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Paper Conservation at the Met

When I told Marjorie Shelley that I was surprised just how scientific her work in the Museum was, she let out a laugh. "People often say that," she said. "To a great extent, conservation is the study of materials—how they're created, and how they change over time. All of that is science." Shelley is the Sherman Fairchild Conservator in Charge of the Department of Paper Conservation at The Met, so she knows of what she speaks.

Despite its small size, the department supports curatorial departments across the Museum. Beyond conserving works on paper in The Met collection before they go on view or out on loan (no small feat, that), these five conservators consult on acquisitions of new works and the authenticity of attributions, investigate mysteries of artists' processes and materials, and collaborate with curators and scientists to enhance our understanding of art history. They speak with ease on topics ranging from x-ray fluorescence, medical imaging, and synthetic gels that lift mold from paper, to the chemical properties of ancient pigments, the majestic air of a Delacroix sketch, and the techniques by which a forger ages paper.

In one such instance, described in "A Tale of Two Sultans," the bequest in 2008 of a drawing by Jean Honoré Fragonard provided an opportunity to compare the newly-acquired sheet to a known forgery in the Museum's collection. When the curator brought both versions to the department, Shelley instantly noticed the different paper supports. "In a handmade sheet of paper, the fibers collect along the mold lines," she relayed to me. "And a machine-made piece of paper, made with what's called a dandy roll, is put along a conveyor belt and is imprinted with a design." The presence of both works—the original and a "forgery of exceptional skill"—in the same collection now provides an instructive example for students and connoisseurs.

More often, though, the conservators—Shelley, Rachel Mustalish, Yana van Dyke, Marina Ruiz-Molina, and Rebecca Capua—bring their research and knowledge to bear in ways that return aged and damaged works nearer to their original condition, so that they can be perceived as the artist intended. Martin Bansbach, the senior manager for installation and matting in the department, crafts elegant presentations for these works, bringing them to life in the galleries.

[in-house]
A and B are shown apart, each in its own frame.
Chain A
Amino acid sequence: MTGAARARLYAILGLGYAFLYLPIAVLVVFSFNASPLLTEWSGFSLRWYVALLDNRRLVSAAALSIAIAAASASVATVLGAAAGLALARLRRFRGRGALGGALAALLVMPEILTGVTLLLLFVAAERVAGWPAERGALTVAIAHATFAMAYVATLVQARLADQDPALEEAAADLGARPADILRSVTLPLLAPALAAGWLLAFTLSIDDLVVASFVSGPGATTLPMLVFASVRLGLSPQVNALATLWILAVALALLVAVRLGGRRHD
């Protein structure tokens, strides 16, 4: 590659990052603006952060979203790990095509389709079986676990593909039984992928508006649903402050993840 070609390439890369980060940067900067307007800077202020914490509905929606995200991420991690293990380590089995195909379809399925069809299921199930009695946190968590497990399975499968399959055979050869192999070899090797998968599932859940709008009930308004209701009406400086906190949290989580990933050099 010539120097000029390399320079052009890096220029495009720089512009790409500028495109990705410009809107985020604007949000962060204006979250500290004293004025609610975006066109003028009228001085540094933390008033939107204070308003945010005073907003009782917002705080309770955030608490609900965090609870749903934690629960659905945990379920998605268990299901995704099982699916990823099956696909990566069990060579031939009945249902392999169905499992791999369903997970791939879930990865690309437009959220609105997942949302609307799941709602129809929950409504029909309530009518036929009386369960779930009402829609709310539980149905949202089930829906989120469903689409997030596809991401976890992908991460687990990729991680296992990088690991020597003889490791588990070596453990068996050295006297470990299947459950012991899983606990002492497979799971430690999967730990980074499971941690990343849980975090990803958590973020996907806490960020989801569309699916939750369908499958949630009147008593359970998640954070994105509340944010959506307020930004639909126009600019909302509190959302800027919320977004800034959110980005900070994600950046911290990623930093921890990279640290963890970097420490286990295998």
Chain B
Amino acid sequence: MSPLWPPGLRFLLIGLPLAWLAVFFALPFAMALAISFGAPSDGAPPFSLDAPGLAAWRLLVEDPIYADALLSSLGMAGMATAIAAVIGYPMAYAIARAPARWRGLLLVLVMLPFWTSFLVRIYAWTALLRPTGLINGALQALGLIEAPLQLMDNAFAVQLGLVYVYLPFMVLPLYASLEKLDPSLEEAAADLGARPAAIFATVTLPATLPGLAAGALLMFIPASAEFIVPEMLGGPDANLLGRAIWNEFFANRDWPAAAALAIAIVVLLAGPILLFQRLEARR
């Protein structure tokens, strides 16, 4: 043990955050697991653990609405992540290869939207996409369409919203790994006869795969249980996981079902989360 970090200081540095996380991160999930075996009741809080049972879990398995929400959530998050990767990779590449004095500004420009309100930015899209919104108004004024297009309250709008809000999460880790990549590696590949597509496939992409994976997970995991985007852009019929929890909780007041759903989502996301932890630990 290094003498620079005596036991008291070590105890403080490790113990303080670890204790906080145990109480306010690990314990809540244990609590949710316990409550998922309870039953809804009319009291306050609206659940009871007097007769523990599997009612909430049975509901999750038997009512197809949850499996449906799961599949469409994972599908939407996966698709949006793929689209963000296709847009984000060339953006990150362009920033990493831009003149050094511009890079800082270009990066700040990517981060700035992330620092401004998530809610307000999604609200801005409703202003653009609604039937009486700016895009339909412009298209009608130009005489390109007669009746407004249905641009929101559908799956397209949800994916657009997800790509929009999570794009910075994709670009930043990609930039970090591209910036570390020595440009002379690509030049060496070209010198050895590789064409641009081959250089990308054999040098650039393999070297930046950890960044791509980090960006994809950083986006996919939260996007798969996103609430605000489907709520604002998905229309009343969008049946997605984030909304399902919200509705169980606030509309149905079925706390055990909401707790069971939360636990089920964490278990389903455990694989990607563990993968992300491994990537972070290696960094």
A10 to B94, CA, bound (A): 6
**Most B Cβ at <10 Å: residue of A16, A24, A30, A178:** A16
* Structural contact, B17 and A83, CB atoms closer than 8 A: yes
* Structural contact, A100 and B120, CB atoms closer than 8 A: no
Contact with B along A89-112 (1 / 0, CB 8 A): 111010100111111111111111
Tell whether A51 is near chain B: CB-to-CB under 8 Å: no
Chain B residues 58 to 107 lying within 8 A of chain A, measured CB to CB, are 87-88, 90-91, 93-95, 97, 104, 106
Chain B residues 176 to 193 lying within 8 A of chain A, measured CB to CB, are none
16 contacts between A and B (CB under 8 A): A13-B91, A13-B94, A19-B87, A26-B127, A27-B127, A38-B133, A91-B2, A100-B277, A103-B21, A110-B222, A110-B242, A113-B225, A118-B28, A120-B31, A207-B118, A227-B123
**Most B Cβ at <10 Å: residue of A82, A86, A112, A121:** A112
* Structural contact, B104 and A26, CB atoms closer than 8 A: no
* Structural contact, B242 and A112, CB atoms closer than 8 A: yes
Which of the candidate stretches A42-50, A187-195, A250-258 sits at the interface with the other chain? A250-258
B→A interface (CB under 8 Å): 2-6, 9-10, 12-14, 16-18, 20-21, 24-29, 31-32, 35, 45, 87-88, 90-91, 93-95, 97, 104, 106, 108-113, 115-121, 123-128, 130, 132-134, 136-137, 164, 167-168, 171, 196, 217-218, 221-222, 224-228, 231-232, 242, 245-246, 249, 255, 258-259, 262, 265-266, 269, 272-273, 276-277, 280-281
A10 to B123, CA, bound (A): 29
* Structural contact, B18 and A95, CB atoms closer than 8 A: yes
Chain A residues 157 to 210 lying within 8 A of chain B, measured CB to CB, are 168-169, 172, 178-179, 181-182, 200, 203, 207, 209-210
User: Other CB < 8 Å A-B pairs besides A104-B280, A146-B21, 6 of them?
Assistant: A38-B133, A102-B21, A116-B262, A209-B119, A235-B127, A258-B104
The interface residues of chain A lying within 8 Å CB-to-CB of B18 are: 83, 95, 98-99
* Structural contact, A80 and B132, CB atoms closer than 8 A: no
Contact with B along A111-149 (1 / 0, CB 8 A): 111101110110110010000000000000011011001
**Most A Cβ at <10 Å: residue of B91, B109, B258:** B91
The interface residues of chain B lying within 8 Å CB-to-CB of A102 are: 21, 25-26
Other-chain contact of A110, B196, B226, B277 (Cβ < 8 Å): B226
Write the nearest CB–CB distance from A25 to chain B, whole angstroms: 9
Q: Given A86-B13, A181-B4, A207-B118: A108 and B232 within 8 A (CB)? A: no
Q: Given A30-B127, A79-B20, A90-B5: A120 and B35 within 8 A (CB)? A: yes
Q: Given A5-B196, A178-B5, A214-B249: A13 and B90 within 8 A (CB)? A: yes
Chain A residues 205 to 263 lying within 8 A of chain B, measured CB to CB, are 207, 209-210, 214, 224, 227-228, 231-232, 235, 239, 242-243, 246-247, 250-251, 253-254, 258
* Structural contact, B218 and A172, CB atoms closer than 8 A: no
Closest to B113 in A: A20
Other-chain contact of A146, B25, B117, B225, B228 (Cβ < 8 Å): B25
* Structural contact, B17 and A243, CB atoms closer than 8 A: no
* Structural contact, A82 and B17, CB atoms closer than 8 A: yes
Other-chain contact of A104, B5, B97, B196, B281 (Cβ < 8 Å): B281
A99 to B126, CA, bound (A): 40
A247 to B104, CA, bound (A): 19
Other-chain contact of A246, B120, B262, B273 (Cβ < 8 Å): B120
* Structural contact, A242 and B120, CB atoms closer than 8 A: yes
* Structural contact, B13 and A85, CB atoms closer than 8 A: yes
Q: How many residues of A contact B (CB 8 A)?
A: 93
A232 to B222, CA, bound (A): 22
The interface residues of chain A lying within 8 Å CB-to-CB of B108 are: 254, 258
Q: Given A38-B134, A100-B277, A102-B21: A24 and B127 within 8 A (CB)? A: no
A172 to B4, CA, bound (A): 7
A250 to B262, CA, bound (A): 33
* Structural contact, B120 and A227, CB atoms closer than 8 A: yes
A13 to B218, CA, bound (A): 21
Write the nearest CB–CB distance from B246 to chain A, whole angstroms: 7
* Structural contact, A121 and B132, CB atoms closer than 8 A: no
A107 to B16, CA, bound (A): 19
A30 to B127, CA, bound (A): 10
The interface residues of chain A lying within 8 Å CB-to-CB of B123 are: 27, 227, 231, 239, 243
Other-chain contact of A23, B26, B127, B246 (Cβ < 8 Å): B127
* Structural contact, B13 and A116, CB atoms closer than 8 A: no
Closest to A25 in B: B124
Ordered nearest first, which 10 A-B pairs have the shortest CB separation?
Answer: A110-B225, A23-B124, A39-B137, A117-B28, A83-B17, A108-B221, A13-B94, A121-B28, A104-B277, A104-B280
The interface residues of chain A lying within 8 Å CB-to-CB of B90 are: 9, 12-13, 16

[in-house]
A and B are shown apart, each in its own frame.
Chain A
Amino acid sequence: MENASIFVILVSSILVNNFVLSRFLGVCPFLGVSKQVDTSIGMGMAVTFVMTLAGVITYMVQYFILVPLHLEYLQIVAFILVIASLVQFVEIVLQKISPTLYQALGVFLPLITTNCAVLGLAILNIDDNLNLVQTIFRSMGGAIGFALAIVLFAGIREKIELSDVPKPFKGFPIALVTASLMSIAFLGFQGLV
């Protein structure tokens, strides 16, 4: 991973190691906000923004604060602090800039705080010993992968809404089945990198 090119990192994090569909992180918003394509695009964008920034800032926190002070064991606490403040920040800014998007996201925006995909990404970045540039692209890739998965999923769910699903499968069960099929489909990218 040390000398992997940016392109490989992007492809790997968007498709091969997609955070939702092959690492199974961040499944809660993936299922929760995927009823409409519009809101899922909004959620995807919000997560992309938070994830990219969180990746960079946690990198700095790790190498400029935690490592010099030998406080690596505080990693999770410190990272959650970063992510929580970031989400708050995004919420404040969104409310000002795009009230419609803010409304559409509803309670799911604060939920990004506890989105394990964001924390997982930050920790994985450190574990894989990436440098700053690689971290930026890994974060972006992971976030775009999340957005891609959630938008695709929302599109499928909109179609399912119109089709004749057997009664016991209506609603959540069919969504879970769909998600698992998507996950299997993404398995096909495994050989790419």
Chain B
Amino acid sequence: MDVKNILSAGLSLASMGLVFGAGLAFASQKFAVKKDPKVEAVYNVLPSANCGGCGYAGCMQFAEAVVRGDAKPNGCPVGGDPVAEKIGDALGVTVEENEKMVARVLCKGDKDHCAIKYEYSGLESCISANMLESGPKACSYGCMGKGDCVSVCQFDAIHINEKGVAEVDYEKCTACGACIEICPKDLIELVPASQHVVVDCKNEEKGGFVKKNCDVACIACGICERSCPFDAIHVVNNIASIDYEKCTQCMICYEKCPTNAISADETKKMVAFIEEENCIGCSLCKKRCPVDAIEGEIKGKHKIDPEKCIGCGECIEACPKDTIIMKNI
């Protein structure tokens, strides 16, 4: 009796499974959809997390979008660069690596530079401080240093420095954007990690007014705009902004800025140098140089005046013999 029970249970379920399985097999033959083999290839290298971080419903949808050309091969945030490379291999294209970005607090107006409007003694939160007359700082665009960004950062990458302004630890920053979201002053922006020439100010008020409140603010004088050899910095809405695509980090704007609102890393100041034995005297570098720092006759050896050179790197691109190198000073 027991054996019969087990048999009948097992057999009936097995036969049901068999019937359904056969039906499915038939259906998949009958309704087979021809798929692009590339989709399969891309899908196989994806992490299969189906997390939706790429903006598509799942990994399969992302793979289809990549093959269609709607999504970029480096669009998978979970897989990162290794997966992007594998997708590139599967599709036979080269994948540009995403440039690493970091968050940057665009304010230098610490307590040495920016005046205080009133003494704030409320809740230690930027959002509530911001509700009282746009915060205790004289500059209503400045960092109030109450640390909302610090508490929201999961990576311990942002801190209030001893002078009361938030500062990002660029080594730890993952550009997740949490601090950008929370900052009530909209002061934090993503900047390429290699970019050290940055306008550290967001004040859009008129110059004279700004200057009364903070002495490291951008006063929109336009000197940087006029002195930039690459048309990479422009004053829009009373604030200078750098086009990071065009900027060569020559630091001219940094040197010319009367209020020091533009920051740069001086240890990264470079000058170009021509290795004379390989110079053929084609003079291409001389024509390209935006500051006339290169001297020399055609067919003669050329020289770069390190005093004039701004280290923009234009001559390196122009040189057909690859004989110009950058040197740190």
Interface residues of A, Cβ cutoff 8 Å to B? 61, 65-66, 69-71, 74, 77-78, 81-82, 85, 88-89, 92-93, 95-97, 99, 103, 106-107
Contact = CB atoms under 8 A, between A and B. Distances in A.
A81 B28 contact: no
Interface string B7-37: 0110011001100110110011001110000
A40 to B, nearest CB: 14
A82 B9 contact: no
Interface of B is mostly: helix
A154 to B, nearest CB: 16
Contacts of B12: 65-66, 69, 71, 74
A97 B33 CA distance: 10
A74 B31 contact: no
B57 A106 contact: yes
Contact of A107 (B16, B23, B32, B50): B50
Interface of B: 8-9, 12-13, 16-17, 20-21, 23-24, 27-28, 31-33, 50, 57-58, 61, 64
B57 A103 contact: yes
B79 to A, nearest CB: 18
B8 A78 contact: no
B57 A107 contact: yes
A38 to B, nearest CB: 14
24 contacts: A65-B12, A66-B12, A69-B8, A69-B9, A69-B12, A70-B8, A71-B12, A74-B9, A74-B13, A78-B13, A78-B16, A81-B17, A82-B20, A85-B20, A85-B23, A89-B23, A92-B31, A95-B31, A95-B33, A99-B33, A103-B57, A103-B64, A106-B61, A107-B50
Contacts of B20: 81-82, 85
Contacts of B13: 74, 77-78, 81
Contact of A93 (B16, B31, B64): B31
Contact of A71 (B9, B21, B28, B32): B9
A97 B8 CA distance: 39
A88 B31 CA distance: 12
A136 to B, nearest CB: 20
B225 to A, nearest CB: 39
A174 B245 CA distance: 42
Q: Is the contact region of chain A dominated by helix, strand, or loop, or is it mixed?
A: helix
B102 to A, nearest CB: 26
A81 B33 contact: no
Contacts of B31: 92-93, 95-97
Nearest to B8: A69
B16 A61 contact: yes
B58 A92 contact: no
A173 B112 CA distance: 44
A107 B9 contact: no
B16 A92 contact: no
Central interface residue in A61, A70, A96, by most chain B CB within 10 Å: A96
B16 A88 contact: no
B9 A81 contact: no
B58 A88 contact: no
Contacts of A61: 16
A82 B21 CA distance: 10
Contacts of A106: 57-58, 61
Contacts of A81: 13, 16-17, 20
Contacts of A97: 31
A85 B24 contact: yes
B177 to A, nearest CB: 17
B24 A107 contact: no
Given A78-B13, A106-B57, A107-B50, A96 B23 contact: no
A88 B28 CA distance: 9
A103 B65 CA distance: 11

"We have examples of what we're doing almost throughout the Museum at this point," Shelley said—and yet, visitors to Michelangelo: Divine Draftsman and Designer will struggle to locate the crease expertly removed from Daniele da Volterra's drawing of a sleeping figure. Such is the nature of their work, which, when done with care, often disappears into the art.

Perhaps most intriguingly, in their restoration of thousands of years of art, the conservators glide between techniques employed for millennia to those that use cutting-edge tools. With more than a million works on paper in The Met collection, this small team focuses their efforts on works going on view at The Met or on loan to other institutions. This means that investigations and conservation are conducted either on a strict deadline, or over the course of many years. 

On the day I visited, preparations were underway for upcoming exhibitions of Delacroix, Leon Golub, and Armenian manuscripts. Each object must be analyzed independently and exhaustively before a single move is made. But is this true even when they're working on a number of similar works, say, by Delacroix?

"Oh, absolutely!" Shelley said. "It doesn't matter who the artist is or how similar the works are. You can have two Rembrandt prints and one has survived in perfect condition, whereas the other is extremely brittle or has been mishandled and in the wrong environments." Every work has its own history, which can only be understood through exhaustive research, and the conservators always determine their plan of action with respect for this history in mind.

"That's the idea," van Dyke said. "Physically stabilize the object and get it to a place where it can be studied, exhibited, and handled, so scholars can access things."

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